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    Take note: Back in 2017, Carly Johnson’s home in Louisville had a working old slot machine in it, a reminder of her dad, who lives in Vegas. She had a jackalope head mounted on the wall by the door, and the wall was a pastel green. An ancient crank-up Victrola record player sat in the corner, a Tommy Dorsey record inside, and in the next room, the one with the Mid-Century Modern white leather office chairs, stood the old upright piano that had survived more travel than any upright should. Carly’s degree from the University of the Arts in Philadelphia was propped open on top of the lid, and on the music stand were a yellow legal pad turned to a blank page, a notebook scribbled full of the very same lyrics half of the country has stuck in its head and the backup vocals sheet music for everyone’s favorite song, the multi-platinum hit “The Believer.” On the adjacent wall she’d taped up black-and-white postcards of Billie Holiday, Nina Simone, Aretha Franklin and RuPaul, with space waiting for Etta James, Carly’s “boo thing,” the one who started “this mess.” Carly had not yet found a good enough postcard of her to pin up. Pay attention to these details. You’ve got to get this movie right, otherwise Carly's legion of fans will have your head.

    You should start with darkness. Her voice will pour into the void like honey, and then we’ll fade in to a performance, probably one of the many New York or Paris or L.A. shows she’s played by the time you’re reading this, or maybe even one of those shows from back in the day in Louisville, stage light warming the natural rouge on her round cheeks. Her voice will surge into a river, drowning the crowd — pan wide, catch all those smiling faces! — in sweetness.

    You are lucky. Carly — surely she’s graduated to mononymity by now — has given you plenty to work with. You only need to put together the pieces. Scene: Carly the toddler in the backseat, too bashful to sing unless her parents look away. Scene: Carly at 4, putting her 45 of the Sleeping Beauty soundtrack on her Fischer-Price record player and singing along to Mary Costa. Scene: Carly at 12, home alone, peeking through the blinds to make sure the driveway is empty before she belts out Whitney Houston, The Bodyguard soundtrack blueprinted in her mind. Scene: Carly at 16, working the late shift at her first job — Banana Republic, Oxmoor Center Mall, a she’s-just-like-us moment for fans. Everyone’s gone but her and the man waxing the floors, whom she watches from the corner of her eye, waiting for him to mop his way out of view before launching her Christina Aguilera up into the vaulted ceiling.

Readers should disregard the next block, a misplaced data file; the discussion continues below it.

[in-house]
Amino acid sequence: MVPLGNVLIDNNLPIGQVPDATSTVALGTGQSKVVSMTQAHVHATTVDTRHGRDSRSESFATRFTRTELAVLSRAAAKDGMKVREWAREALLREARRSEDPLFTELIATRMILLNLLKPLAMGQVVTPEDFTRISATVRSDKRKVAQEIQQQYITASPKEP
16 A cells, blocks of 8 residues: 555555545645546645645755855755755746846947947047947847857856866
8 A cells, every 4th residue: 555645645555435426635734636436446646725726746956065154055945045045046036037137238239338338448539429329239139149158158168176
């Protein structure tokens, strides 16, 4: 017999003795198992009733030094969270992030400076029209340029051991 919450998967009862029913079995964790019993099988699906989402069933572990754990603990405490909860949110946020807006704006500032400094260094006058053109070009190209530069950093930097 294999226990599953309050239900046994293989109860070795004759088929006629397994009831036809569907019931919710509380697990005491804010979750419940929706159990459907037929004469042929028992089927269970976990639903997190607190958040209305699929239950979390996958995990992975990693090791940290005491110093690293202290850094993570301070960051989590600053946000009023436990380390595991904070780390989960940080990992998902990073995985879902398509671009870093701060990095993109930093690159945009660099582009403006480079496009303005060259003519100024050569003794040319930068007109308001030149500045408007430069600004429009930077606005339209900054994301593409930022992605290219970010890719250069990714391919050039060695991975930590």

Photo by Maria Jackson

    You’ll get your requisite conflict in Carly’s senior year at Atherton High School. So many dramatic shots: Carly’s mom trying to get her out of bed to go to class, Carly getting kicked out of advanced courses and into classes so dull she skips them, stacks of unmarked college applications left in her room. This is the kind of danger crowds love, because it’s not really danger; everyone already knows Carly comes out the other side, eclipsing Adele, this depressive stage shrunk down to “annoying teenage time.” You’re only including this for the drama of it all: Carly’s choir teacher, the only teacher whose class she always attends, sitting her down in front of the whole class, saying, “You’re the most talented student I’ve had. Ever. And you need to get your shit together.”